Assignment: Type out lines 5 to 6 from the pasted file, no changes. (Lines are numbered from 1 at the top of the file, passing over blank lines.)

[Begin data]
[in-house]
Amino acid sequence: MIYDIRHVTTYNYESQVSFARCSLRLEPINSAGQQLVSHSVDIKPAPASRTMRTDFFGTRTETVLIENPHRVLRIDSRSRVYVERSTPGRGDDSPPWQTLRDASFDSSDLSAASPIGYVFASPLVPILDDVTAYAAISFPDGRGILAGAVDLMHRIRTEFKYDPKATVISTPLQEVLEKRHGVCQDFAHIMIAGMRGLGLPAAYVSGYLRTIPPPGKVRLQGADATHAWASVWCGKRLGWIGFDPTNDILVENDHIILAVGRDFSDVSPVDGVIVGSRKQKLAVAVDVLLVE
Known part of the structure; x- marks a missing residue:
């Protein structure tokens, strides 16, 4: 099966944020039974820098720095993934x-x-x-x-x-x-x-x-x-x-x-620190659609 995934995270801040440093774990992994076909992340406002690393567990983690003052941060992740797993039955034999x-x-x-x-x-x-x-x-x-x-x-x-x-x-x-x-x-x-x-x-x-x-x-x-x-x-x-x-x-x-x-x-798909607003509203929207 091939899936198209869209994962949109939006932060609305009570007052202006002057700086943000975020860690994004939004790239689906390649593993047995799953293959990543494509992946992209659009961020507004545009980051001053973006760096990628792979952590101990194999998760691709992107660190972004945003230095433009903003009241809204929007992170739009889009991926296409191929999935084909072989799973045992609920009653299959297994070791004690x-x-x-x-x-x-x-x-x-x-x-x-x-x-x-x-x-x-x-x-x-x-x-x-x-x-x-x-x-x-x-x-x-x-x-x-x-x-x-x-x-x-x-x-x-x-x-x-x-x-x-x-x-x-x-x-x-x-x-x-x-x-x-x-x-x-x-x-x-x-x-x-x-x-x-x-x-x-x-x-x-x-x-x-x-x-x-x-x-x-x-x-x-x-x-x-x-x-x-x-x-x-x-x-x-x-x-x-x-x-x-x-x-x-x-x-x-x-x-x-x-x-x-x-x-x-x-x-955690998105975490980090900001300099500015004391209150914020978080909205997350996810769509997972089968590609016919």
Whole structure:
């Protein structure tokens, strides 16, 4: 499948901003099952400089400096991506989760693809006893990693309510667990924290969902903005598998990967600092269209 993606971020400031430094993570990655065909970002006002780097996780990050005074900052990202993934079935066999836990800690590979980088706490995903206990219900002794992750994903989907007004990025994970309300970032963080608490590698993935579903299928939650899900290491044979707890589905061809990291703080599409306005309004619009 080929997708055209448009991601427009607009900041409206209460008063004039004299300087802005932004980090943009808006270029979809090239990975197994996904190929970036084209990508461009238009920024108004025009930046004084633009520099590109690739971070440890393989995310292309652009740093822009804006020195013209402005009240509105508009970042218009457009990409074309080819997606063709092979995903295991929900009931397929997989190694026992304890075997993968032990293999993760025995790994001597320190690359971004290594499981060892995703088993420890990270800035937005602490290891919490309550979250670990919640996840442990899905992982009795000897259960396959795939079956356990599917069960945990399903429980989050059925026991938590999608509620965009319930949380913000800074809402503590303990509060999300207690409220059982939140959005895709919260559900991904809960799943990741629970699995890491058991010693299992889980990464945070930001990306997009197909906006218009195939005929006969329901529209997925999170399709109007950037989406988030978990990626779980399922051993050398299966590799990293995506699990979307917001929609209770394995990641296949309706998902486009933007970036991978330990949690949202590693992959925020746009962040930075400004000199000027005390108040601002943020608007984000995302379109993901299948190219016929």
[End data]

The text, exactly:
Whole structure:
């Protein structure tokens, strides 16, 4: 499948901003099952400089400096991506989760693809006893990693309510667990924290969902903005598998990967600092269209 993606971020400031430094993570990655065909970002006002780097996780990050005074900052990202993934079935066999836990800690590979980088706490995903206990219900002794992750994903989907007004990025994970309300970032963080608490590698993935579903299928939650899900290491044979707890589905061809990291703080599409306005309004619009 080929997708055209448009991601427009607009900041409206209460008063004039004299300087802005932004980090943009808006270029979809090239990975197994996904190929970036084209990508461009238009920024108004025009930046004084633009520099590109690739971070440890393989995310292309652009740093822009804006020195013209402005009240509105508009970042218009457009990409074309080819997606063709092979995903295991929900009931397929997989190694026992304890075997993968032990293999993760025995790994001597320190690359971004290594499981060892995703088993420890990270800035937005602490290891919490309550979250670990919640996840442990899905992982009795000897259960396959795939079956356990599917069960945990399903429980989050059925026991938590999608509620965009319930949380913000800074809402503590303990509060999300207690409220059982939140959005895709919260559900991904809960799943990741629970699995890491058991010693299992889980990464945070930001990306997009197909906006218009195939005929006969329901529209997925999170399709109007950037989406988030978990990626779980399922051993050398299966590799990293995506699990979307917001929609209770394995990641296949309706998902486009933007970036991978330990949690949202590693992959925020746009962040930075400004000199000027005390108040601002943020608007984000995302379109993901299948190219016929």